She winged her way fearlessly, and as she thought back of all the dangers she had lived through, she had no doubt that nothing could stop her from reaching her goal.

But the closer she got to the cliffs, the taller they seemed to rise. By the time she was only a few feet away, they were towering above her so that she couldn’t see anything else but their monstrous size.

She didn’t realize how her strength dwindled away. She didn’t know yet, but another frightful surprise was waiting for her, worse than anything she ever had to face before.

Next to these giant cliffs, the air moved upward, as if the wind was blowing from the ground towards the sky. This updraft mercilessly whirled away everything that flew close to it, whether it was small or big, lifeless or breathing.

When the Butterfly realized the danger she was about to face, it was already too late. The next moment, she was caught in the current, and she didn’t have control over her wings anymore. She was sucked up in the air so fast that she didn’t have time to understand what was happening to her.

She helplessly watched as she was rushing towards a protruding piece of rock. She crushed into it with a great force, and then fell back a little. But her broken body was caught in the updraft, and she felt that she was rising fast again.

She didn’t dare to open her eyes. She didn’t want to see what was coming. Another rock hit her, and her pain was too much to endure. She stopped breathing.

But the wind didn’t stop and it carried her until it reached the top of the cliffs where the Eagle had made her nest. There, it dropped her as if it had finished its job, and whooshed away towards the mountains.

Everything is Possible
The Butterfly came to somewhat later. She saw the Eagle standing above her.

“Who are you?” the Eagle asked.

“I’m the Butterfly,” she said weakly.

The Eagle fell silent, and the Butterfly saw a horrified look in her eyes.

“What is it?” she asked, but she was never more afraid of anything than she was of the answer.

“Nothing,” the Eagle said after a long time. “I just thought that you were a …”

“What?” The Eagle still had that look in her eyes. “Tell me what is wrong with me!”

And then it struck her.

If butterflies had tears, she would have been crying. She looked up at the darkening sky and the clouds that were painted pink and purple by the setting sun, and she felt her little heart break into pieces.

“I mustn’t give up!” she reminded herself, but at the same time she knew there was no reason to fight any longer. She had no wings. She was nothing but a sorry worm that dreams about flying.

“Eagle,” she said. “Don’t ask me how I came here. What is more important is why I came. I came to you because I wanted to ask you one thing. Tell me, do you know why are the clouds so pretty?”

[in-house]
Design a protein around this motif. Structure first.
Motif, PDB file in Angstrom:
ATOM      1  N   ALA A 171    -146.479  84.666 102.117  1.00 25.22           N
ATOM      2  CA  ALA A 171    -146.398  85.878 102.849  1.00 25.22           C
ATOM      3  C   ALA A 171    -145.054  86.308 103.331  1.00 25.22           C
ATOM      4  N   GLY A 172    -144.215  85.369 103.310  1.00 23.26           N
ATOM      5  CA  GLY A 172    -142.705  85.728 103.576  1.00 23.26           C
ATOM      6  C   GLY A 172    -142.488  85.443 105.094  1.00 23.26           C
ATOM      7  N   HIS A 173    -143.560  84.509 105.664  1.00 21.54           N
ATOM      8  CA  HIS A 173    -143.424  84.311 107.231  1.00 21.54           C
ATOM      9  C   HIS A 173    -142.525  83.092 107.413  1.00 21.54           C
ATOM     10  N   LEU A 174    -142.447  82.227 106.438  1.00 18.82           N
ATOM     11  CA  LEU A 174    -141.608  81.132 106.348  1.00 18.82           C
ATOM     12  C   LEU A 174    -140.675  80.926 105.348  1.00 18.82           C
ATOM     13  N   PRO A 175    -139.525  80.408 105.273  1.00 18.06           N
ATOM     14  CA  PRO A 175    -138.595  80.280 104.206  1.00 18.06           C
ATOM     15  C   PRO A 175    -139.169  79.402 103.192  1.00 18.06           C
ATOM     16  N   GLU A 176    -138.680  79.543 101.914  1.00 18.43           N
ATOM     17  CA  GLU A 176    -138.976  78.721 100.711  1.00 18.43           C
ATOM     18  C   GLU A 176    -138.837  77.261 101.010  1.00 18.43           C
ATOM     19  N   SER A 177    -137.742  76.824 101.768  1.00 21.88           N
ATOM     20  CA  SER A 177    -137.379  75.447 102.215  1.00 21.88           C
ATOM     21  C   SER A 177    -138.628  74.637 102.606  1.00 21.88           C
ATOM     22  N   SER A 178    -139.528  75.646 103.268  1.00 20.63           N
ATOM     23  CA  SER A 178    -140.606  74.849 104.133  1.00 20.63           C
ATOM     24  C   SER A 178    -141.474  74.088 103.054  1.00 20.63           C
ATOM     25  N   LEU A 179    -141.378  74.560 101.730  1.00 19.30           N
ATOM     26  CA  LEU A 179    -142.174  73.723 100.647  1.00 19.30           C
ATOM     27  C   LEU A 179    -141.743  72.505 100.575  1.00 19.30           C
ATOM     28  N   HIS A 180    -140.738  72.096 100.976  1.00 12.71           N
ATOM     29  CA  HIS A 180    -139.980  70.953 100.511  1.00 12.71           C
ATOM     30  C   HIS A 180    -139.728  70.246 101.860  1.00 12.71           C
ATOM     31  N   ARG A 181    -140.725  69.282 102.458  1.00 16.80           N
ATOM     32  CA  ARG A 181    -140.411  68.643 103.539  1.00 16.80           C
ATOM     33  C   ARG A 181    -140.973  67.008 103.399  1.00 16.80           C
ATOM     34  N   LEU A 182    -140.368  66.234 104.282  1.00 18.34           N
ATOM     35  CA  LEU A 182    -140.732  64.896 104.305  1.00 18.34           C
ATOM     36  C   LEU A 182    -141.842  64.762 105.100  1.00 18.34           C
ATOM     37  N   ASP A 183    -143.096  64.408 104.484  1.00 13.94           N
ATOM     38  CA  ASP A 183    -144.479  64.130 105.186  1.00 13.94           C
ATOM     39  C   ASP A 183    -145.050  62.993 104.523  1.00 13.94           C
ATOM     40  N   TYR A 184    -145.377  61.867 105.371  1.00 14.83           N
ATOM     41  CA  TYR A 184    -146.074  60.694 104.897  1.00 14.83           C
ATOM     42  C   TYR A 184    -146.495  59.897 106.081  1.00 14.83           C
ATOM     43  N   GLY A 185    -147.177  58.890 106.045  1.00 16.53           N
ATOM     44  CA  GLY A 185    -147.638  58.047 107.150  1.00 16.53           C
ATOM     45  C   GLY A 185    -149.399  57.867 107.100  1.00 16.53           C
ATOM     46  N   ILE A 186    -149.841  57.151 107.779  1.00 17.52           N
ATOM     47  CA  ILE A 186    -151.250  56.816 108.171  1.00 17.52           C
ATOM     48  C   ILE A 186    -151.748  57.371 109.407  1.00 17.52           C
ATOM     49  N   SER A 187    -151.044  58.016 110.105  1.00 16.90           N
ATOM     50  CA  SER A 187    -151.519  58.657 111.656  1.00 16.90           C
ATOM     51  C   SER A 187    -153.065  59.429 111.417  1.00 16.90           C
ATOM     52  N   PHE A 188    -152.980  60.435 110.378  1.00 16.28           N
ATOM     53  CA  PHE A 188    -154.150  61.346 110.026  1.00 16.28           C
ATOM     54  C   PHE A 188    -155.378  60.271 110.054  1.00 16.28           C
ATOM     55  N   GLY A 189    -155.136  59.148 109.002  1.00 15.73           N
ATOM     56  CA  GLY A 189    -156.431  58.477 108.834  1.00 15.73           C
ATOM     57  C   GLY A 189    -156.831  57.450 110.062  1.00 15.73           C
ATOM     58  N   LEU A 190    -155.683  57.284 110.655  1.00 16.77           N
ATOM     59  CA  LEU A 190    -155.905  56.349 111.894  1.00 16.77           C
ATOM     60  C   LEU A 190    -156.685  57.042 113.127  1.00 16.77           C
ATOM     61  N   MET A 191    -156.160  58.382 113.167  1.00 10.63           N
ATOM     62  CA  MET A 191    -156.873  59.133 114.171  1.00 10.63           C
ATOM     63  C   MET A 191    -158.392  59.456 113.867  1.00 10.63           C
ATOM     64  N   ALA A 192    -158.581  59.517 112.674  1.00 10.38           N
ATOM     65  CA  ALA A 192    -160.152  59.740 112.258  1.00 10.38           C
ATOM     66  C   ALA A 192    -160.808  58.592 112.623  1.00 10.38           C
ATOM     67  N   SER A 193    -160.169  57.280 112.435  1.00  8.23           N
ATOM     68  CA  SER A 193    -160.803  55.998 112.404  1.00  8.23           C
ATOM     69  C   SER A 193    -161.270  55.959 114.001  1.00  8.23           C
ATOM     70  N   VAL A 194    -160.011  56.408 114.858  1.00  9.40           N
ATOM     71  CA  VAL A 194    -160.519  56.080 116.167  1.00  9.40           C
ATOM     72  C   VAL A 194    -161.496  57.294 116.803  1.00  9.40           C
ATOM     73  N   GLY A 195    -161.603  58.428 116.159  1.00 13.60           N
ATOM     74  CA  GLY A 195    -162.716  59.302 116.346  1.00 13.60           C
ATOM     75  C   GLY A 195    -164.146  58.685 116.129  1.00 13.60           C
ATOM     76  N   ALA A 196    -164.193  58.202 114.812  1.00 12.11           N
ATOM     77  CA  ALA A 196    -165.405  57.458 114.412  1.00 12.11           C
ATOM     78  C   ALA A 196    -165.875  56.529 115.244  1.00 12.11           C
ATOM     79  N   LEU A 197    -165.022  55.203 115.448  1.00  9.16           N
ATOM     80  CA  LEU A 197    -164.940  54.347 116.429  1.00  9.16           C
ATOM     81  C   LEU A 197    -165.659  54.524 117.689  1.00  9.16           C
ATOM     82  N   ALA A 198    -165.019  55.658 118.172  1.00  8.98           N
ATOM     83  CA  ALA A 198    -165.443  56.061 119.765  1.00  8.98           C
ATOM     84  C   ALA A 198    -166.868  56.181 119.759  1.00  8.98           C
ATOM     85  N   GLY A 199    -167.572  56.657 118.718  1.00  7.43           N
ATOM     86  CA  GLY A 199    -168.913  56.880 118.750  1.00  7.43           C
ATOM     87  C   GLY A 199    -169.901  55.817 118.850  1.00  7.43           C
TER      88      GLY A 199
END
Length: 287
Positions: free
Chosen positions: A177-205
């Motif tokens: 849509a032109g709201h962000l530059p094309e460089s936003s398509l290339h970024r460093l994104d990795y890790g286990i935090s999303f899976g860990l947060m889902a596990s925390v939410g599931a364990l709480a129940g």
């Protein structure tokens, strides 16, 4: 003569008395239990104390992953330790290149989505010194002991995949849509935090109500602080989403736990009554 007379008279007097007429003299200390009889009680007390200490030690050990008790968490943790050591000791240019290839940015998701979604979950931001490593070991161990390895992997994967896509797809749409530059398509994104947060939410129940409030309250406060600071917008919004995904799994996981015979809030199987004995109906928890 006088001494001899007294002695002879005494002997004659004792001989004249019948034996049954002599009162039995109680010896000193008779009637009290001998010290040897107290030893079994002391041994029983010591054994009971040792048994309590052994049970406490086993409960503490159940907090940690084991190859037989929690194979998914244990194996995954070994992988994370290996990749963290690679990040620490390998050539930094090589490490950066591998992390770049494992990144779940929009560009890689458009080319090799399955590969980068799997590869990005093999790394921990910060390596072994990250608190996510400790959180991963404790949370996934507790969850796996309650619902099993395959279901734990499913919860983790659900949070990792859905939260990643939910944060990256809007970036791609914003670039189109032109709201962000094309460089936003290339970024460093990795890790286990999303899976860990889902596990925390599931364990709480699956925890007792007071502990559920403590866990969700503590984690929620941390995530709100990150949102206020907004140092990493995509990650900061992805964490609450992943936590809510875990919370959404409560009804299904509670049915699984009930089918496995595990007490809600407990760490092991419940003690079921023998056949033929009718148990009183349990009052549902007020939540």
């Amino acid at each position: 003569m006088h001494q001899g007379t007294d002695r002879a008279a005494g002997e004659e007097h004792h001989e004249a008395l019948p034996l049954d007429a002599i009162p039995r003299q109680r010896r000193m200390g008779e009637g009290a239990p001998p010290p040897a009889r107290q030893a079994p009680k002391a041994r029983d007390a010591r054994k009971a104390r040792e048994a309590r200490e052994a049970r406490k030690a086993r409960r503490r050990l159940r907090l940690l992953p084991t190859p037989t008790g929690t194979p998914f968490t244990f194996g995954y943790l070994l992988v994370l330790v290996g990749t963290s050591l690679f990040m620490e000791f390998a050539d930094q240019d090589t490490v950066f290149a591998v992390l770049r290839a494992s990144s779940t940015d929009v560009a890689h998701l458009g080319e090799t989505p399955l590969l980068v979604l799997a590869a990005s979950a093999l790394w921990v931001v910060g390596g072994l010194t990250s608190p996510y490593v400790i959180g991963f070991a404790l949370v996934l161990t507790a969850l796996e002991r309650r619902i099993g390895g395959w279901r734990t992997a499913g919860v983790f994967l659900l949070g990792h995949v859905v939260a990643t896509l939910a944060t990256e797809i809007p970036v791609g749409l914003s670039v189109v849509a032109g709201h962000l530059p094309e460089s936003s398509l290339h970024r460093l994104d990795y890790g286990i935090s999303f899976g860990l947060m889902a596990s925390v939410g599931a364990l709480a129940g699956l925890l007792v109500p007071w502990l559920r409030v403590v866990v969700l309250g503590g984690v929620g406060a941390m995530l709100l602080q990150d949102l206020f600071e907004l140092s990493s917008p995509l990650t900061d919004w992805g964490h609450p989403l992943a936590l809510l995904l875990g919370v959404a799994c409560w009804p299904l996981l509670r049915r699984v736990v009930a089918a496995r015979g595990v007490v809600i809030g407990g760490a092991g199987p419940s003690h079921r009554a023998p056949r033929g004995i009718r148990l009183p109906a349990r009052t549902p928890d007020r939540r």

“The clouds? Pretty?” the Eagle said. “I know everything about the clouds, but I wouldn’t say they are very pretty. They are just big, white spots on the sky.”

The Butterfly couldn’t believe her ears. She couldn’t believe that the bird, who lived closer to the clouds than any other animal, would say something like this.

“Well, I’m sure that there is more about the clouds,” she said. And without thinking any further, she added, “I will fly to them to find out why are they so pretty.”

“All right,” the Eagle said. “If you really want to, you should fly to them.”

Hearing this, the Butterfly was even more surprised.

But the Eagle continued. “Do you think I have to use my wings to rise to the clouds? All you need is the courage to jump down. Then, you will fly higher than you ever thought was possible.”

And the Butterfly knew what she had to do. Her pain and her fear disappeared forever. She crawled to the edge of the cliff.

“I’m flying to the clouds!” she shouted to the wind and jumped down the precipice.

The updraft took her on its back and she soared up into the air. The Eagle watched her from her nest, but soon lost sight of her, so she sat down to eat her dinner.

For the first time in her life, the Butterfly was happy. She remembered her friends she left on the field, and the Robin, and the Seagull. She wondered what they were doing at that moment. She wondered whether they were worried about her.

“I’m sorry I didn’t go back to you as I promised,” she whispered.

Conclusion
The Bee, the Ladybug, the Robin, and the Seagull waited for her for a long time. Every spring, when they saw little flower petals drifting in the air, for a second they thought that one of them was the Butterfly. But the Butterfly never returned.

Only the rain knows what happened to her. If you listen closely when it falls, it will tell you all about the Butterfly who flew to the clouds.

But believe me, not even the rain will know the answer to this question: Why are the clouds so pretty?